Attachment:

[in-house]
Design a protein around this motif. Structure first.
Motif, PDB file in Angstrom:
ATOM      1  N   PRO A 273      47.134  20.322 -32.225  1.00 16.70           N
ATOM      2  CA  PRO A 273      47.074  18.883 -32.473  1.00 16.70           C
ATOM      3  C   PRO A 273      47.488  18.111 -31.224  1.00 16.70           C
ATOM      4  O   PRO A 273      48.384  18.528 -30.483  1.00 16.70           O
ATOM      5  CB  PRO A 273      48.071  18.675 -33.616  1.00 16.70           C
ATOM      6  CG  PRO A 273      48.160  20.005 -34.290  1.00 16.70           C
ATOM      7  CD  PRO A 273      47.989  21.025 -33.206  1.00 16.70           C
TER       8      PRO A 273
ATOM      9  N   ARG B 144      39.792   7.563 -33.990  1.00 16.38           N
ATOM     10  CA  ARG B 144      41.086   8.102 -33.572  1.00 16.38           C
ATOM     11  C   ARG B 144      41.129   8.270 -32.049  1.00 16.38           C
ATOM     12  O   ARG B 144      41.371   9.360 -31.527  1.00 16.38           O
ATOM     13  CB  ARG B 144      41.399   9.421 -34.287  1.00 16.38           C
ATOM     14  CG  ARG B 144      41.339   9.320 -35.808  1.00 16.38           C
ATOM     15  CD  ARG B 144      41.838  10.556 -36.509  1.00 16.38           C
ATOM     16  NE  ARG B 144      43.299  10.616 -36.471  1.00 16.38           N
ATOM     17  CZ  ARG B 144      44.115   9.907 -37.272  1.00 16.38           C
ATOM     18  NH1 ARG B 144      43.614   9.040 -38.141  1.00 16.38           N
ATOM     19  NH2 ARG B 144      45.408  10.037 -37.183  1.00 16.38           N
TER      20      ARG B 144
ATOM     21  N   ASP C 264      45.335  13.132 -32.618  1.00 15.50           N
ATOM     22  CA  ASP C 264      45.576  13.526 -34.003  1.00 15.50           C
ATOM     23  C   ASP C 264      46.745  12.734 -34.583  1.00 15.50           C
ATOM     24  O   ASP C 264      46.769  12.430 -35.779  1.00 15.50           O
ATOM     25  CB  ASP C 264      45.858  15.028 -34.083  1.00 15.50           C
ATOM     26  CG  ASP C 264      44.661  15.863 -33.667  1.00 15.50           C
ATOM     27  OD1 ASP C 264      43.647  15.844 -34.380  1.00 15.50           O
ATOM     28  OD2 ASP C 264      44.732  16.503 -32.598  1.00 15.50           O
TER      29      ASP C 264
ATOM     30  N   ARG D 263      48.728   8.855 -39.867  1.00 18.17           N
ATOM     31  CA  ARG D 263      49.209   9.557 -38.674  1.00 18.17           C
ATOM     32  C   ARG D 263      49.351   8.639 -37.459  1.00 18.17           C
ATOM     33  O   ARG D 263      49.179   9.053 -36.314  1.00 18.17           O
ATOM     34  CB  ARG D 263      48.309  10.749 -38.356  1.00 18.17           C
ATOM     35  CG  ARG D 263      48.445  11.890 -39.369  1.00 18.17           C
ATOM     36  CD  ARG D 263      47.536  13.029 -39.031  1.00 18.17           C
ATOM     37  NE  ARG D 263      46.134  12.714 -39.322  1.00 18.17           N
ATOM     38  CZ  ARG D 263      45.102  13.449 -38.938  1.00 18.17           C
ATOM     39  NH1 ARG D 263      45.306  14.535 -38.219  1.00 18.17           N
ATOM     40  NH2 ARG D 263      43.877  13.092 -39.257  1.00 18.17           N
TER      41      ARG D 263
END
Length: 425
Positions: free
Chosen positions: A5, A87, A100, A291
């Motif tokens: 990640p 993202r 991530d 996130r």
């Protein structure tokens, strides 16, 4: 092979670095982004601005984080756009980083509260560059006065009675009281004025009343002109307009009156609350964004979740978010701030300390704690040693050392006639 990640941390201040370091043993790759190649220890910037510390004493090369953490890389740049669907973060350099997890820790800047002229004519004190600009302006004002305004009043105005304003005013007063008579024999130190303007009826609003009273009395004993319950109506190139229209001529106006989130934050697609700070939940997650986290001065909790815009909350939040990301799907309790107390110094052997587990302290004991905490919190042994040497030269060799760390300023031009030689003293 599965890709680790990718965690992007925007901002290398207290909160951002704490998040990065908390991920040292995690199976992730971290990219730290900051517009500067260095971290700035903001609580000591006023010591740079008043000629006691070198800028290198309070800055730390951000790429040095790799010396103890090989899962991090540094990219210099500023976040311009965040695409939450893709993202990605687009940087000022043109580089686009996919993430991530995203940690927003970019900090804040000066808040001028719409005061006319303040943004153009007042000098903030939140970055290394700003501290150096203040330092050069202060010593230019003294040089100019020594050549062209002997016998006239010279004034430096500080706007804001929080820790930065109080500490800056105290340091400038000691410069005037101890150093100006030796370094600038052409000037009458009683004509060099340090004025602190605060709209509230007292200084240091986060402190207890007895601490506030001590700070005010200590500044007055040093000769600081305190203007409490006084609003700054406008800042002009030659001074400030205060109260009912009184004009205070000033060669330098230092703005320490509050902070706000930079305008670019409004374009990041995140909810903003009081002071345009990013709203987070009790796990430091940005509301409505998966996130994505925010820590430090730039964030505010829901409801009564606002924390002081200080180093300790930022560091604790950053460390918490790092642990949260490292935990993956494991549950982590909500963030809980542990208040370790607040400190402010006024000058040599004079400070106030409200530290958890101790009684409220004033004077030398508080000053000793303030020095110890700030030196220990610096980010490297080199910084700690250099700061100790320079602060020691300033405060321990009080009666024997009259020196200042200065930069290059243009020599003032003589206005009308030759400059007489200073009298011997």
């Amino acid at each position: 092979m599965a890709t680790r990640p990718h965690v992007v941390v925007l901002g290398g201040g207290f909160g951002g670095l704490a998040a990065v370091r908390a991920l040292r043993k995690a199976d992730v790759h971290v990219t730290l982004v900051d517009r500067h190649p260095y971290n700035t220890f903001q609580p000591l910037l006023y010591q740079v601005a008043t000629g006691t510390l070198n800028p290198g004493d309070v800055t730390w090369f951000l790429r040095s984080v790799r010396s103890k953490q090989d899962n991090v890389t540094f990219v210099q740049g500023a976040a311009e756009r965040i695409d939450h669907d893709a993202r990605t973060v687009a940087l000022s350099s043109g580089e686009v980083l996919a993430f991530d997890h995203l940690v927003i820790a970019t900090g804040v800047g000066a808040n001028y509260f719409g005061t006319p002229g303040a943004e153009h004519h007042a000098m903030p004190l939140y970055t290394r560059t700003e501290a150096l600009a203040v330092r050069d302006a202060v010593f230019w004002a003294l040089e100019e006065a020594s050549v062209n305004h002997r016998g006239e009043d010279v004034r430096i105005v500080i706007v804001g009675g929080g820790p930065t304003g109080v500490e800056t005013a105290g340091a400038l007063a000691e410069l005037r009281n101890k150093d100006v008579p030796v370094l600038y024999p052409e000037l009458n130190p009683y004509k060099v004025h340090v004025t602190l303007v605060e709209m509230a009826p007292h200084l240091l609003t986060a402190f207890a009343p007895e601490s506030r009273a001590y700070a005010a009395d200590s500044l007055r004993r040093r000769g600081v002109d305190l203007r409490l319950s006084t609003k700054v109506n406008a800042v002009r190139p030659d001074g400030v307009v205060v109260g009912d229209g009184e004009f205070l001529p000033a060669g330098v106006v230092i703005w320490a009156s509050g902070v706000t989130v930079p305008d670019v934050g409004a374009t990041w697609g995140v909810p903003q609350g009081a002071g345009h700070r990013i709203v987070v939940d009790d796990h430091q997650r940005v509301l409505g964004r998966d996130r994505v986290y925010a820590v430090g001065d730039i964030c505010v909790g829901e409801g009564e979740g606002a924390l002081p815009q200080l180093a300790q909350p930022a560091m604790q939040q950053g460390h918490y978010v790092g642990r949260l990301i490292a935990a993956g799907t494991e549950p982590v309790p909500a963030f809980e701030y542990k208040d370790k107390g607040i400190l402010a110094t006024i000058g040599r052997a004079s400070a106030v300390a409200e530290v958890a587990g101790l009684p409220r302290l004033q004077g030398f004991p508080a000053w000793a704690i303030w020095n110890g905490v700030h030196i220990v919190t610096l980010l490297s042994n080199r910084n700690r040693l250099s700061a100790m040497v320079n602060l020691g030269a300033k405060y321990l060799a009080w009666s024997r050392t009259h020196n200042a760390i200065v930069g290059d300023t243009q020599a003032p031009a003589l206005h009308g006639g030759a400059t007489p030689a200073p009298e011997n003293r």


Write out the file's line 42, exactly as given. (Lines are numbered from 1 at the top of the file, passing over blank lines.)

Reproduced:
ATOM     39  NH1 ARG D 263      45.306  14.535 -38.219  1.00 18.17           N